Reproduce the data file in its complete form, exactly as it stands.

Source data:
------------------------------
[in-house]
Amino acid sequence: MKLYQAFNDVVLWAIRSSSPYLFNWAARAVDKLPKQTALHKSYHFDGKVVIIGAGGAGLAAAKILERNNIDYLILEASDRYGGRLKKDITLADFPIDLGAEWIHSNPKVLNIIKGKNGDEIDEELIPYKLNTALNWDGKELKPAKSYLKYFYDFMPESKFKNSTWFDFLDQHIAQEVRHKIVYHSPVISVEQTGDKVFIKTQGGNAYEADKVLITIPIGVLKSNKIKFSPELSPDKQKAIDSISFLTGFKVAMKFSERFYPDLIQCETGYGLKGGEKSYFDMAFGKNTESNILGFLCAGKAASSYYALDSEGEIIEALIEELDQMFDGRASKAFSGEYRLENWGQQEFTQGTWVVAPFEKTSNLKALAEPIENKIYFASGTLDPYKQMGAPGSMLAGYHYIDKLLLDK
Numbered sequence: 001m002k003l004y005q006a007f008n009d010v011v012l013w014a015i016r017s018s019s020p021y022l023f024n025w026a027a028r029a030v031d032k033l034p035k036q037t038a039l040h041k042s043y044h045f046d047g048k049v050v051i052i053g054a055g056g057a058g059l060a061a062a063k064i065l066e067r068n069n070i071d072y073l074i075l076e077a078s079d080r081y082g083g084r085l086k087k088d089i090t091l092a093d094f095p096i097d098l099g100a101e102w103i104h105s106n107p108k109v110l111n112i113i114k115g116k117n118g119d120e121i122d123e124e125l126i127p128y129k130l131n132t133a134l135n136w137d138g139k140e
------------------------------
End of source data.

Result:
[in-house]
Amino acid sequence: MKLYQAFNDVVLWAIRSSSPYLFNWAARAVDKLPKQTALHKSYHFDGKVVIIGAGGAGLAAAKILERNNIDYLILEASDRYGGRLKKDITLADFPIDLGAEWIHSNPKVLNIIKGKNGDEIDEELIPYKLNTALNWDGKELKPAKSYLKYFYDFMPESKFKNSTWFDFLDQHIAQEVRHKIVYHSPVISVEQTGDKVFIKTQGGNAYEADKVLITIPIGVLKSNKIKFSPELSPDKQKAIDSISFLTGFKVAMKFSERFYPDLIQCETGYGLKGGEKSYFDMAFGKNTESNILGFLCAGKAASSYYALDSEGEIIEALIEELDQMFDGRASKAFSGEYRLENWGQQEFTQGTWVVAPFEKTSNLKALAEPIENKIYFASGTLDPYKQMGAPGSMLAGYHYIDKLLLDK
Numbered sequence: 001m002k003l004y005q006a007f008n009d010v011v012l013w014a015i016r017s018s019s020p021y022l023f024n025w026a027a028r029a030v031d032k033l034p035k036q037t038a039l040h041k042s043y044h045f046d047g048k049v050v051i052i053g054a055g056g057a058g059l060a061a062a063k064i065l066e067r068n069n070i071d072y073l074i075l076e077a078s079d080r081y082g083g084r085l086k087k088d089i090t091l092a093d094f095p096i097d098l099g100a101e102w103i104h105s106n107p108k109v110l111n112i113i114k115g116k117n118g119d120e121i122d123e124e125l126i127p128y129k130l131n132t133a134l135n136w137d138g139k140e